The United States Men’s Basketball Team’s 7th-place finish in in the 2019 FIBA World Cup is by far their worst in any major tournament since NBA players started participating. That much is indisputable. However, what is up for debate is how much criticism they actually deserve, and make no mistake: there has been plenty of it.
“Some people want to play the blame game. There’s no blame to be placed anywhere. They want to play the shame game, like we should be ashamed because we didn’t win a gold medal? That’s a ridiculous attitude. It’s immature, it’s arrogant, and it shows that whoever thinks that doesn’t respect all the other teams in the world and doesn’t respect that these guys did the best they could.
“Their effort was fantastic. They allowed us to coach them. You give people credit for what they did, and that’s it. But it’s not a blame and shame game. That’s ridiculous.”
As is often the case, Pop is right. While media pundits go on about what steps need to be taken to “fix” Team USA before the Olympics or praying that the superstars will “save” them next year, what is being overlooked is why this squad ended up with the relative lack of talent everyone is used to seeing and who is actually to blame — if anyone.
It has been noted that 31 of 35 players who were on the Team USA roster last summer backed out. Many have pointed to the “mysterious” drop off coinciding with Pop taking over for Mike Krzyzewski, wondering why it happened despite many stars saying Pop is the coach “they’d most like to play for” and coming to conclusions such as maybe he’s too similar to his mentor Larry Brown, making him not the right coach for the job.
What the media hasn’t done is take some time to consider maybe the coach isn’t entirely to blame, but rather the circumstances and schedule. Not only did an unusually high number of stars suffer injury late in the NBA season or playoffs earlier this year, but there were also injuries with Team USA as well. Kyle Kuzma and P.J. Tucker were injured late in training camp, Jayson Tatum missed 6 of the 8 World Cup Games, Marcus Smart missed three, and Kemba Walker sat out the last one with a neck injury.
Another factor that is seemingly being overlooked is the timing of the tournament itself. Between the World Cup being moved from two summers before the Olympics to the year before to avoid conflict with other big tournaments (like the Men’s FIFA World Cup) and the late timing (NBA training camp starts two weeks from today, giving the participants very little time to recover), FIBA is just asking for less NBA participation in future World Cups, and that affects the Americans the most.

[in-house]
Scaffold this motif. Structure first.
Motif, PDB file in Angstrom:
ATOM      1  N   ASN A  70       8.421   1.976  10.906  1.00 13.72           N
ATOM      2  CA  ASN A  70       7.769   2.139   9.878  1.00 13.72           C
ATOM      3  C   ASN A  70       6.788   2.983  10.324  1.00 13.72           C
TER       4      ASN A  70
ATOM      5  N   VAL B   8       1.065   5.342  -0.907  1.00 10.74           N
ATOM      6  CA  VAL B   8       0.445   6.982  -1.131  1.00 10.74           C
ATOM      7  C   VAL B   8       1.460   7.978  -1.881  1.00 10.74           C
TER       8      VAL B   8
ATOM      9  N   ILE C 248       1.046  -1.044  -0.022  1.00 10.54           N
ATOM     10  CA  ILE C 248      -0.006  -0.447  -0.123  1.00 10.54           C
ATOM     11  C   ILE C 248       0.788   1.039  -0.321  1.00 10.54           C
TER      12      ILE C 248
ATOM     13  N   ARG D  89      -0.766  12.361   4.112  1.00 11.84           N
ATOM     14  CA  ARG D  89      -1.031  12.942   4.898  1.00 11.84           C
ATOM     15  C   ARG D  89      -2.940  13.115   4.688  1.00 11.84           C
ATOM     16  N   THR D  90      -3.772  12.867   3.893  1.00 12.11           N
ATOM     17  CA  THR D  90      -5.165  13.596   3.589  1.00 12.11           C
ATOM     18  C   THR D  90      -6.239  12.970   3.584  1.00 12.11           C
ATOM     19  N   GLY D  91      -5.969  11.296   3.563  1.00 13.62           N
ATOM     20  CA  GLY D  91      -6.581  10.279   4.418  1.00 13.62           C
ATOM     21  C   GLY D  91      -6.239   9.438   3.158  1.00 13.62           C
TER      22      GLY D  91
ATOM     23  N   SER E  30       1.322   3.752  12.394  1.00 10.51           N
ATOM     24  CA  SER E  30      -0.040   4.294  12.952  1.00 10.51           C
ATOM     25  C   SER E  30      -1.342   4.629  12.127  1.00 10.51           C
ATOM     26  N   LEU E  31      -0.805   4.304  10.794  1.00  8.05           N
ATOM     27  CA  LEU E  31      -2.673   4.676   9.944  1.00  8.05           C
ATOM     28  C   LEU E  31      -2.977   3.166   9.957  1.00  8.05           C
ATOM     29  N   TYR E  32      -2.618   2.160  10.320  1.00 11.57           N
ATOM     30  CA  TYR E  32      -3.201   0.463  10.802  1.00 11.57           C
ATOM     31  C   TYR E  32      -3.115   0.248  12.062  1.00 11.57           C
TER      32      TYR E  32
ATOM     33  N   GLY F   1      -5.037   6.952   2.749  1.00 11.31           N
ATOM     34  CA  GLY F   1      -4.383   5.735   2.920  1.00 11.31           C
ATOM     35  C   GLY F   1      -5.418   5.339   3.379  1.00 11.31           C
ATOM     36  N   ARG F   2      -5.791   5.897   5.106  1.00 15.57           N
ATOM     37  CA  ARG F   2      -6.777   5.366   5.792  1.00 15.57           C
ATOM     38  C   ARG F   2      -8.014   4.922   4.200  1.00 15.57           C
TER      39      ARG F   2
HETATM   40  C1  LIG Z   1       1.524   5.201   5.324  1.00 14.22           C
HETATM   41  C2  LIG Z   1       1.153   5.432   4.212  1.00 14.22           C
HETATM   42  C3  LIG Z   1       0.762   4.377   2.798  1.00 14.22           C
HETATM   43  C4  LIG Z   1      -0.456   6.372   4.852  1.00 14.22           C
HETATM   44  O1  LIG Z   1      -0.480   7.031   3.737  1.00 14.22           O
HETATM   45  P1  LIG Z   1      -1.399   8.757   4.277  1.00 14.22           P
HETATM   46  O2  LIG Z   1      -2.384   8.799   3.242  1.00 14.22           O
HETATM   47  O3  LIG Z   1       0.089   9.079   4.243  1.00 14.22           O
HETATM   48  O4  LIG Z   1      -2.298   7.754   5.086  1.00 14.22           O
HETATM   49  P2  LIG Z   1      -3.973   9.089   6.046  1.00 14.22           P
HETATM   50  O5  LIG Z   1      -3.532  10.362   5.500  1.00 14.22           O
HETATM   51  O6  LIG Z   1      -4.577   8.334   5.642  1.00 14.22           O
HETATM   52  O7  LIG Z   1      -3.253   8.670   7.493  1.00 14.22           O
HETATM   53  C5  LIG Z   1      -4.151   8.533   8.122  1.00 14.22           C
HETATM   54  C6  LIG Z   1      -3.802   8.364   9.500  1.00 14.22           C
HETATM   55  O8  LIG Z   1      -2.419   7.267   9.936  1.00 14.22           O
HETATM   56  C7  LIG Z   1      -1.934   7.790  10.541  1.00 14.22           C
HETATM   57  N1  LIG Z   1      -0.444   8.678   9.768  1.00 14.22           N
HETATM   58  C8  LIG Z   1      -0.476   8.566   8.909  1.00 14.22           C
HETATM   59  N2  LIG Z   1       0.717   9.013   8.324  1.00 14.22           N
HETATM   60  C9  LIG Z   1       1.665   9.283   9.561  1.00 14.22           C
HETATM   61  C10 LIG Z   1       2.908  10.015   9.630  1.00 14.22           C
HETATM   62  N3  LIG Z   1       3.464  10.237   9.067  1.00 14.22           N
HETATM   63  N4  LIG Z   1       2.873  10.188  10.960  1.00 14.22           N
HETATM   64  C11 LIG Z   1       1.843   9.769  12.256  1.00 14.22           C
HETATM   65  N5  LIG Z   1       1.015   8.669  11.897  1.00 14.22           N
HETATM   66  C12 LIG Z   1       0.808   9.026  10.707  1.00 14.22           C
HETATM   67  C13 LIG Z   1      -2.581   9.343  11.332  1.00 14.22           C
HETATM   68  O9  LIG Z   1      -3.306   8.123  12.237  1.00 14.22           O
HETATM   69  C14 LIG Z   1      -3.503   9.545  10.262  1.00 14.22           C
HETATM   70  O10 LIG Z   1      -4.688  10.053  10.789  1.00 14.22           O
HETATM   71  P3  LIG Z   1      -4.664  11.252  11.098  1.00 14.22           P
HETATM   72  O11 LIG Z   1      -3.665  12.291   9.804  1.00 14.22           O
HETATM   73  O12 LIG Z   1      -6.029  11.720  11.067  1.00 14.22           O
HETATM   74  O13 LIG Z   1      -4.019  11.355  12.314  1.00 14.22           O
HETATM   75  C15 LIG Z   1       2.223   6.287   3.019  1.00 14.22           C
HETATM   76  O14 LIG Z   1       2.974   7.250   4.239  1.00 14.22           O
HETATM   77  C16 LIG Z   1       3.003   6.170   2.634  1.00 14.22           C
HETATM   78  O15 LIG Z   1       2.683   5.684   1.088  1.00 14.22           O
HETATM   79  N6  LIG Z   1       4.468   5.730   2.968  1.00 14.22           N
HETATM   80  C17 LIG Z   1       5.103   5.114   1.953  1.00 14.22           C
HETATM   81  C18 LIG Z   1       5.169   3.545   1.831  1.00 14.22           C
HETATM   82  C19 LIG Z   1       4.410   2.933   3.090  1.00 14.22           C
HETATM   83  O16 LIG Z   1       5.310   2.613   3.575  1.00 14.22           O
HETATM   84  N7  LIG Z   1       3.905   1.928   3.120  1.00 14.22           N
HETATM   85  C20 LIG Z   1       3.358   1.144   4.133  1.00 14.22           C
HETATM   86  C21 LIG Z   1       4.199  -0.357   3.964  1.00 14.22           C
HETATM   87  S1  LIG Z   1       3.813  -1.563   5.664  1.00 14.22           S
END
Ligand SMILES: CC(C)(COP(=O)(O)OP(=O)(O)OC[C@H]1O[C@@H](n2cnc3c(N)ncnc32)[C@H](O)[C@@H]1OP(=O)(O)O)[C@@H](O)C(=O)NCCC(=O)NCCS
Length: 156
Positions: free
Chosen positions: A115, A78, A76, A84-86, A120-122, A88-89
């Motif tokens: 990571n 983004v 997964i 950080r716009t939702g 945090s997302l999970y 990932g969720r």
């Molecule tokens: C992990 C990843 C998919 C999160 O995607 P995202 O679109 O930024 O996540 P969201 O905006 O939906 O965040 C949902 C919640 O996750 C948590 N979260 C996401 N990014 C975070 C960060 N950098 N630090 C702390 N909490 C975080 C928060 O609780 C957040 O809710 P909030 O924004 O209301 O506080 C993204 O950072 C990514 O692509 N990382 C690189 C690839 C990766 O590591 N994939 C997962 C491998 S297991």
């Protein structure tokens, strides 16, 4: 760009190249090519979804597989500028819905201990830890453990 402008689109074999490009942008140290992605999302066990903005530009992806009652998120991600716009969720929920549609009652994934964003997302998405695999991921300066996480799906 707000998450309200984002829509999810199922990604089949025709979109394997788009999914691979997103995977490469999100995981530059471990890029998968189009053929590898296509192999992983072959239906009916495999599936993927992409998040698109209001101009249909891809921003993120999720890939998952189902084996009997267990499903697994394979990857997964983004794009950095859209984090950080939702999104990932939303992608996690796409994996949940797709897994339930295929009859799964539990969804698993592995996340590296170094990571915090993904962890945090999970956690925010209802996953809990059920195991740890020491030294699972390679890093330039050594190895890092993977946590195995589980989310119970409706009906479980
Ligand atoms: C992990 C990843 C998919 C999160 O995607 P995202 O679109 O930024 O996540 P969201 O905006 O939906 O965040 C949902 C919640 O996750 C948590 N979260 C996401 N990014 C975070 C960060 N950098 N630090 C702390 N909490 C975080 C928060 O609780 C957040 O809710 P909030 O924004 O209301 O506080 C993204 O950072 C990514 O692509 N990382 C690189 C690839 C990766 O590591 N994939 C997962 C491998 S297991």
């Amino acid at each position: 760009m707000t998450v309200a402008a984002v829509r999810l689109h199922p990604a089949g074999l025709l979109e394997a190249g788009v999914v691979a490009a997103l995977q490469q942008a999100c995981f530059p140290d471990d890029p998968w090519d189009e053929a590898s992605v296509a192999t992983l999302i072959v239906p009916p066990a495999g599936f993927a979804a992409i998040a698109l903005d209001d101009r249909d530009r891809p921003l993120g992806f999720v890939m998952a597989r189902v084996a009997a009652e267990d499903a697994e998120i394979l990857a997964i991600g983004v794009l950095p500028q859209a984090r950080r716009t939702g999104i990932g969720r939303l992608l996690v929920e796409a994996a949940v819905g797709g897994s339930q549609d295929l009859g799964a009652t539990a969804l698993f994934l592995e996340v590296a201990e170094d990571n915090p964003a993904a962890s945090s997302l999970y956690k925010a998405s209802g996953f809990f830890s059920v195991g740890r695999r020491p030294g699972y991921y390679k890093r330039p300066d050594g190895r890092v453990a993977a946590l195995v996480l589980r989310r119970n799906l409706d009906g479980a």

The reality is few if any NBA stars who are used to playing well into May or June want to play two straight summers for Team USA and risk injury, wear and tear, especially if the World Cup is going to be so close to the start of training camp. As long as this new format continues (and there’s no end in sight), US stars are going to save their energy for the Olympics and blow off the World Cup, and everyone can generally expect a C-team or worse at the less popular of the two tournaments while the A-team heads to the Olympics.
This brings us back to Pop’s comments to the press about not respecting the players who did go. If anything, they deserve kudos for putting their bodies on the line — and apparently their reputations as well — to represent their country when most other top-tier candidates backed out. As previously mentioned, it’s completely understandable why the A-team didn’t go, but why do those who backed out for non-injury related reasons get a free pass, but the players who went and gave their best deserve nothing but flack?
The reality is this Team USA squad was not set up to win it all this time around, but that’s through no fault of the players who participated or the coaches. Could they have done better than 7th? Of course, and they possibly could have at least played for a medal, but all the teams who did were just as deserving — another point of emphasis from Pop. It is not set in stone that the U.S. must win every gold medal, especially as basketball popularity continues to grow world-wide.
Even so, if there must be a blame game, it’s on FIBA and the stars who dropped out, but as noted they all have legit reason for the decision. NBA stars have every right to decide what is best for them, as does FIBA. If the talent drop off continues and spreads to other teams, maybe they’ll reconsider and go back to the old format, but for now they’re banking on ratings via playing at a time that lacks other competition, which they have every right to do.
In the meantime, nothing but love and appreciation should go out to the players who participated with the Team USA this summer while achieving the ultimate goal of getting the team into the 2020 Tokyo Olympics, even though most of them likely won’t get the chance to play then. Odds are there are no “solutions” that need to be found between this summer and the next to “fix” this squad because all the refreshed superstars who backed out this summer will be ready to compete for the gold medal that matters the most: the Olympic one.